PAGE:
wc 54,403 - NHC sheriffs discover culmenite and begin negotiations. This could change the face of a(nother) world.

wc 56,100 - city people take over, sarah & crew sneak over to the city. Helena starts telling the story of the Country Mouse and the City Mouse but falls asleep halfway through.

wc 59,427 - our gang is in the town trying to figure out what to do. Miles & Isac are getting in trouble again. But oh, what trouble.

wc 63,727 - THE END.

To writing by Beth on 2008-11-22. 0 Comments
No picture today, but here's a few recent writings: a blog post about Michael Pollan's new book, a little something on rainforest restoration and a couple cover stories (one, two) for a local paper. Some serious controversy in that last one, let me tell you, because up to a few months ago most people hadn't realized the village even had a government.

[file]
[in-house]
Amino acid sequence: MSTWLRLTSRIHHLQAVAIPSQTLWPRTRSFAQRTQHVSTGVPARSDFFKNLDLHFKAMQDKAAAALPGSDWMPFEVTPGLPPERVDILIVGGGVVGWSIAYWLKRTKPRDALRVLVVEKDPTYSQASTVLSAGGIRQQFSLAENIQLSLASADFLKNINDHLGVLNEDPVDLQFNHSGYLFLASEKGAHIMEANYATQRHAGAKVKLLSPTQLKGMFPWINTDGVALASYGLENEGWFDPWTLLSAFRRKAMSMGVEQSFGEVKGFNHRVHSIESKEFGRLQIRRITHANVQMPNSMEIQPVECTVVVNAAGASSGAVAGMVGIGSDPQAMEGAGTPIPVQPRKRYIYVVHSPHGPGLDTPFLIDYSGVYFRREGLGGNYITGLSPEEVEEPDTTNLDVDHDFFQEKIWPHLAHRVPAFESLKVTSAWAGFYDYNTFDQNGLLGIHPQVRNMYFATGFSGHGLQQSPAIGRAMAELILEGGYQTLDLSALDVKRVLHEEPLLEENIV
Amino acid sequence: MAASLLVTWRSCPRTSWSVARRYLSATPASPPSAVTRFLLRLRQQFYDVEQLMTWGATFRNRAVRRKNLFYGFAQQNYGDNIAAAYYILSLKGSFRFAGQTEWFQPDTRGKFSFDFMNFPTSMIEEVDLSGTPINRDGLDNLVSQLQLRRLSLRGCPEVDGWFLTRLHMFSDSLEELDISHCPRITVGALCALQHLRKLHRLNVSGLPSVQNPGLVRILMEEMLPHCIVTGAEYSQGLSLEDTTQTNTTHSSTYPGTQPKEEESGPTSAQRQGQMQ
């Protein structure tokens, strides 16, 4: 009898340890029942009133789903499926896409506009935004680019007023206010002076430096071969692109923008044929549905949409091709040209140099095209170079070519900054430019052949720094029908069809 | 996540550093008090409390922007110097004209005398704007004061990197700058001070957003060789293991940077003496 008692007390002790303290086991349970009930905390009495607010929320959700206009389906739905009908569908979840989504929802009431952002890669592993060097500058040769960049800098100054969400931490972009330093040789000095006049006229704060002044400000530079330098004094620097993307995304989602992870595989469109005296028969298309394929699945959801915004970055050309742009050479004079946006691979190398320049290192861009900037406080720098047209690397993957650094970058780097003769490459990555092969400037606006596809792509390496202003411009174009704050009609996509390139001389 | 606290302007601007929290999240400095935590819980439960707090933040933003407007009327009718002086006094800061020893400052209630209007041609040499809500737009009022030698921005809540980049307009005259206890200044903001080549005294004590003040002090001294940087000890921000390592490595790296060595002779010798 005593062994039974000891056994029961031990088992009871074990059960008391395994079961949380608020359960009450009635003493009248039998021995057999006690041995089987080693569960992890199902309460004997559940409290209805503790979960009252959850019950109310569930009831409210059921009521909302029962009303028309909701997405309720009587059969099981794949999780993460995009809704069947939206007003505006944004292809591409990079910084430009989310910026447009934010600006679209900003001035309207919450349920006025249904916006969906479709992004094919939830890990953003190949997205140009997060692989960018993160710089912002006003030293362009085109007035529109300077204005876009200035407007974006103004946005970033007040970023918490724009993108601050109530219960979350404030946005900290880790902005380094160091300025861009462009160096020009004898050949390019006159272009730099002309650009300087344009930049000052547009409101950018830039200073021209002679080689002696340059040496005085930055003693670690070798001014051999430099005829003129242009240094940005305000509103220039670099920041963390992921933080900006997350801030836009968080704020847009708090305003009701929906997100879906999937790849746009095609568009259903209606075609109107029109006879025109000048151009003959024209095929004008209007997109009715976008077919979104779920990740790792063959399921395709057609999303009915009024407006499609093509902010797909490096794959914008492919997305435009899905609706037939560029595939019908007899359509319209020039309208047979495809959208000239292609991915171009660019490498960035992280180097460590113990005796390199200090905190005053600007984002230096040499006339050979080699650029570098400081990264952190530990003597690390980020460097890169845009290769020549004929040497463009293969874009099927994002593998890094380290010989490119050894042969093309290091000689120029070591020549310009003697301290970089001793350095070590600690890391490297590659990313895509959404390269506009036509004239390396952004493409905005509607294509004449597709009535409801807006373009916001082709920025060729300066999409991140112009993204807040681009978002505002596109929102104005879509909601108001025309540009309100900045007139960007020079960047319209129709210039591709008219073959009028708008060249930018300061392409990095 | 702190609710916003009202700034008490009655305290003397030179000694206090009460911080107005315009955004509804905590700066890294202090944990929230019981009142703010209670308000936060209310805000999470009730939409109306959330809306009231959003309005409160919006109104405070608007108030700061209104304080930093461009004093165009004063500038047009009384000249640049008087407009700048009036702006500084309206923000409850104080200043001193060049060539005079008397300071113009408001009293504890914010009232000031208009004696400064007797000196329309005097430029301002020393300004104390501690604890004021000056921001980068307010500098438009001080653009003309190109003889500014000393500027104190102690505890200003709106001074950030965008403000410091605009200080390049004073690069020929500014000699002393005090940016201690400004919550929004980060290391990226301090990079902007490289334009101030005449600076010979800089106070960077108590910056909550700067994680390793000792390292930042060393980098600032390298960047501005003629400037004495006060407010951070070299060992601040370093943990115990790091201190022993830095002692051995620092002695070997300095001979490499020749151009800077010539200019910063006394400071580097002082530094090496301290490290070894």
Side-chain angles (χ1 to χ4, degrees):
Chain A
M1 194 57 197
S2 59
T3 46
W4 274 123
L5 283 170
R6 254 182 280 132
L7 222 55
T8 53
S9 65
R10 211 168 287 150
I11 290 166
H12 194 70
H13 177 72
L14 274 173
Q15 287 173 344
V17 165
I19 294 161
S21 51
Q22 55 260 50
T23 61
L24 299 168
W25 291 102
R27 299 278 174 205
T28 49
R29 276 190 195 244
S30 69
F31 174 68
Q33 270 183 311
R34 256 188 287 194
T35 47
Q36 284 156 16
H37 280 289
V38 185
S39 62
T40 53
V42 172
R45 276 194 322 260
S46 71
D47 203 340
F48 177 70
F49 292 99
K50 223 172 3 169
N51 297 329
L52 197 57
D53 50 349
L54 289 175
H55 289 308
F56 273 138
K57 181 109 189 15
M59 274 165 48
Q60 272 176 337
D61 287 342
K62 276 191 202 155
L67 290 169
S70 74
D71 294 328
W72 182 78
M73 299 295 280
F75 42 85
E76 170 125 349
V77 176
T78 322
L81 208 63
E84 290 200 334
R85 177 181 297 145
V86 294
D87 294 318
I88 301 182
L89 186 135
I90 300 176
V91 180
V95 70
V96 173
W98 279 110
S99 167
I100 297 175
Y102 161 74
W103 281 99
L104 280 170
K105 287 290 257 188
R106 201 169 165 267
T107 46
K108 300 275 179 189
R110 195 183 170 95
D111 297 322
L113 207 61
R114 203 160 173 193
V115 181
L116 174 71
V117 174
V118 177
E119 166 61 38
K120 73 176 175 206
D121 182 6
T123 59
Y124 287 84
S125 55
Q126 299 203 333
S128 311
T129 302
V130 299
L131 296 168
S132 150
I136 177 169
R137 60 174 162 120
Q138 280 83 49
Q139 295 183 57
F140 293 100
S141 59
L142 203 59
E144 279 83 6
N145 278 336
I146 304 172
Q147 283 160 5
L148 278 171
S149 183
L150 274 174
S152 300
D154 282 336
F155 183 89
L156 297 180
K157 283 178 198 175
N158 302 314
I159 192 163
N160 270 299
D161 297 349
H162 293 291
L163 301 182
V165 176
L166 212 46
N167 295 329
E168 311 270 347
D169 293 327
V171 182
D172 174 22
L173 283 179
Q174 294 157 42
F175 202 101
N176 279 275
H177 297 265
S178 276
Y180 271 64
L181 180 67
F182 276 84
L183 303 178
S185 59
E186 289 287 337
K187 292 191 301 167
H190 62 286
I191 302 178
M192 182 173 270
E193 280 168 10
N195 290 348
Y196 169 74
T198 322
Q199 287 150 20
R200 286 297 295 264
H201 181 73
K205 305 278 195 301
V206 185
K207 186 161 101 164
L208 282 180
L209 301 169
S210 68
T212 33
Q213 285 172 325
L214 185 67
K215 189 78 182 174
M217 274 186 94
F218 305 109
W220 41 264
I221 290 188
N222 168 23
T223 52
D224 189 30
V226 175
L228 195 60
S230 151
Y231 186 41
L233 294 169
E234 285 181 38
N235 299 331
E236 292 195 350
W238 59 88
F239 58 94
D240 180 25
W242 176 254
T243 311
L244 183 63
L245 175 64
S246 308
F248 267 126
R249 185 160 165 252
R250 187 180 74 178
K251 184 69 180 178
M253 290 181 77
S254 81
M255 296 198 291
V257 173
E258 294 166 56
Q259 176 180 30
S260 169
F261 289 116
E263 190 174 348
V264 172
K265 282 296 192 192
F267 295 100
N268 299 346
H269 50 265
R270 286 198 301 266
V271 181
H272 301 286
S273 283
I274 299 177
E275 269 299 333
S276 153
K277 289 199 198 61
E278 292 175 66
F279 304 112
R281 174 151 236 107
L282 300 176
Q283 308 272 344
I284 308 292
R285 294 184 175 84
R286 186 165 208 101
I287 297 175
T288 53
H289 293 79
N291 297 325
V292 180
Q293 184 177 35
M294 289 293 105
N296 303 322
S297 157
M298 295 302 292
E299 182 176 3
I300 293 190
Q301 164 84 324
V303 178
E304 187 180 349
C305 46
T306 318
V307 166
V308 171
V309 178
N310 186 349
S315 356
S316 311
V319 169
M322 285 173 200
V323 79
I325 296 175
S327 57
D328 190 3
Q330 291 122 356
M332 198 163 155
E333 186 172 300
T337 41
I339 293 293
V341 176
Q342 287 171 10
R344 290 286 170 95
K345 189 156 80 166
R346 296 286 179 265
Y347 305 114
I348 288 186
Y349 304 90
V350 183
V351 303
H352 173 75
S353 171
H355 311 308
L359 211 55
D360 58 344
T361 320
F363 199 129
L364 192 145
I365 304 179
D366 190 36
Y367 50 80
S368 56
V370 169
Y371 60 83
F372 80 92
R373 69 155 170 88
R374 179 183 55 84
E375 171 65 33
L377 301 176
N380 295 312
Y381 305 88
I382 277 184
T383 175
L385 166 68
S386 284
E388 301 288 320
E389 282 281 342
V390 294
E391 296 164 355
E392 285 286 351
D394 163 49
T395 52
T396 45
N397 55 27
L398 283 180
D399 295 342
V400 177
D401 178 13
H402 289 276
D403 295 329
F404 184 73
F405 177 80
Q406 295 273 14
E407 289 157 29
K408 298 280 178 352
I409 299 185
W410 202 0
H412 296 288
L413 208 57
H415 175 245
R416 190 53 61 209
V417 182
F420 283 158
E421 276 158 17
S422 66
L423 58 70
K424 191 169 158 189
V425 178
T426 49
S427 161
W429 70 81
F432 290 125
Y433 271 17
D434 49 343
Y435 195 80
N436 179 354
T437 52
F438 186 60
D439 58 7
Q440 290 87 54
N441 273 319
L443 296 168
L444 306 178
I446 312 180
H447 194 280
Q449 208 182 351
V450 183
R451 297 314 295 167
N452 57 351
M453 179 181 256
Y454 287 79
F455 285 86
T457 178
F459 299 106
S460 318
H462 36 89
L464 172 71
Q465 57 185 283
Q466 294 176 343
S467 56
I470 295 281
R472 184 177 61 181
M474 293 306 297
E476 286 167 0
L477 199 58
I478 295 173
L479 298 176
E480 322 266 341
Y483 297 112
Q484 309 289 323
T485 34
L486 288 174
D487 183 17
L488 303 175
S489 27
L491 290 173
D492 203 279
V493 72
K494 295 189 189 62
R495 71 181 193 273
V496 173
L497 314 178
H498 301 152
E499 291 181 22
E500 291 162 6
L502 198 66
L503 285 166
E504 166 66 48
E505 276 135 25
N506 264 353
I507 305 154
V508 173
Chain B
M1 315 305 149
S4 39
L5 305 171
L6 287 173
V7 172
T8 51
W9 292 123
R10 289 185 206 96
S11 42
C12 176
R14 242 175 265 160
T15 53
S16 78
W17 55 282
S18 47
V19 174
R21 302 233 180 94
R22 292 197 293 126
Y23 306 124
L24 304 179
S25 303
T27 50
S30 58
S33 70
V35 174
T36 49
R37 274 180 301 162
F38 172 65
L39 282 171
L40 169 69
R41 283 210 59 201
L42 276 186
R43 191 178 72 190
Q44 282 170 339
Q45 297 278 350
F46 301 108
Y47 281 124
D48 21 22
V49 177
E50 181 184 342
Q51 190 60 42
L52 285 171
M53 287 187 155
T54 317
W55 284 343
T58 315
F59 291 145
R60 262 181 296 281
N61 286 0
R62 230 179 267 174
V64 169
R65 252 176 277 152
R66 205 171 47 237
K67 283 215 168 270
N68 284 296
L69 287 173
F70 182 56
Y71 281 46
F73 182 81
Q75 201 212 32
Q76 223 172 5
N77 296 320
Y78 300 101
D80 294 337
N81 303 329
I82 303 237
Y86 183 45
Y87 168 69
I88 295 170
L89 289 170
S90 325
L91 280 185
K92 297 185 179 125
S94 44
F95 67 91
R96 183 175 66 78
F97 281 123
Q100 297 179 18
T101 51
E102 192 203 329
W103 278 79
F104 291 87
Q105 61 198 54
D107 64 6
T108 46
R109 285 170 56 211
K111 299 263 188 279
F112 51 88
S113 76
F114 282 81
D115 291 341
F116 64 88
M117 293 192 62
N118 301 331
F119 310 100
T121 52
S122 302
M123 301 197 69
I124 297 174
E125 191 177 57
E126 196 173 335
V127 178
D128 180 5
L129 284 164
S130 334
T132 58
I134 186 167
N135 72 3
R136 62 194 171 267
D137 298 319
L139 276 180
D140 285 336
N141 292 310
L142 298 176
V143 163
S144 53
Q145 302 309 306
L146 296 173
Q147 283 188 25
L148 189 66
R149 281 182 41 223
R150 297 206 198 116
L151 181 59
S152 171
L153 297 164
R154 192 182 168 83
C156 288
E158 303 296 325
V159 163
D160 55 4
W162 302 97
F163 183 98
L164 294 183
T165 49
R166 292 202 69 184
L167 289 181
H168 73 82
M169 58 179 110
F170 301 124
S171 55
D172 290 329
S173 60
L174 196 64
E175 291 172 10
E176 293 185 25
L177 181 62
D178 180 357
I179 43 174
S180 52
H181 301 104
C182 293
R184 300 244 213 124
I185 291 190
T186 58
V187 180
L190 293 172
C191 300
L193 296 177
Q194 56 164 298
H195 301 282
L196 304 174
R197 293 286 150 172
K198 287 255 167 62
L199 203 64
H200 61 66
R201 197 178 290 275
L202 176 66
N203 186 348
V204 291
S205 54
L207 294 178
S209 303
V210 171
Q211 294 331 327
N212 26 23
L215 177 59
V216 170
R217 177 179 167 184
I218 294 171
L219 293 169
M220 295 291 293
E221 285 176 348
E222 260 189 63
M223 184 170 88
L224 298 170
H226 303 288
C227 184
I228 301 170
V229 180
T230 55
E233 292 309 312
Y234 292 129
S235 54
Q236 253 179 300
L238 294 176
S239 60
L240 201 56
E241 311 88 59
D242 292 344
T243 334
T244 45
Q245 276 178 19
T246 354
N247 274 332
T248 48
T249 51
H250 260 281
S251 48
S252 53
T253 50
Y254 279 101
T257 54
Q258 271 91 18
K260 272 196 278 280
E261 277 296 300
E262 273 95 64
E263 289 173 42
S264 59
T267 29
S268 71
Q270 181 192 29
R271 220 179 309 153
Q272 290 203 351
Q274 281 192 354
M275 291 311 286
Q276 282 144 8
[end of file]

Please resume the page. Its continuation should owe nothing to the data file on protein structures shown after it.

To writing by Beth on 2008-03-28. 0 Comments
In the interests of bringing better reading material to you, my loyal audiencemembers, I'm participating in the Rediscover your Blogging Groove project - a week of posts in assigned formats.

Here's where I need your help: one of the posts is Answering a Question. So, ask me a question! It could be about something boring like me or my blog, or it could be tangentially related to a subject I know something about, or it could be totally random and silly. (Those might be the best kind).

What do you want to know?

Post questions in the comment thread or ask them privately here.
To writing by Beth on 2007-07-21. 2 Comments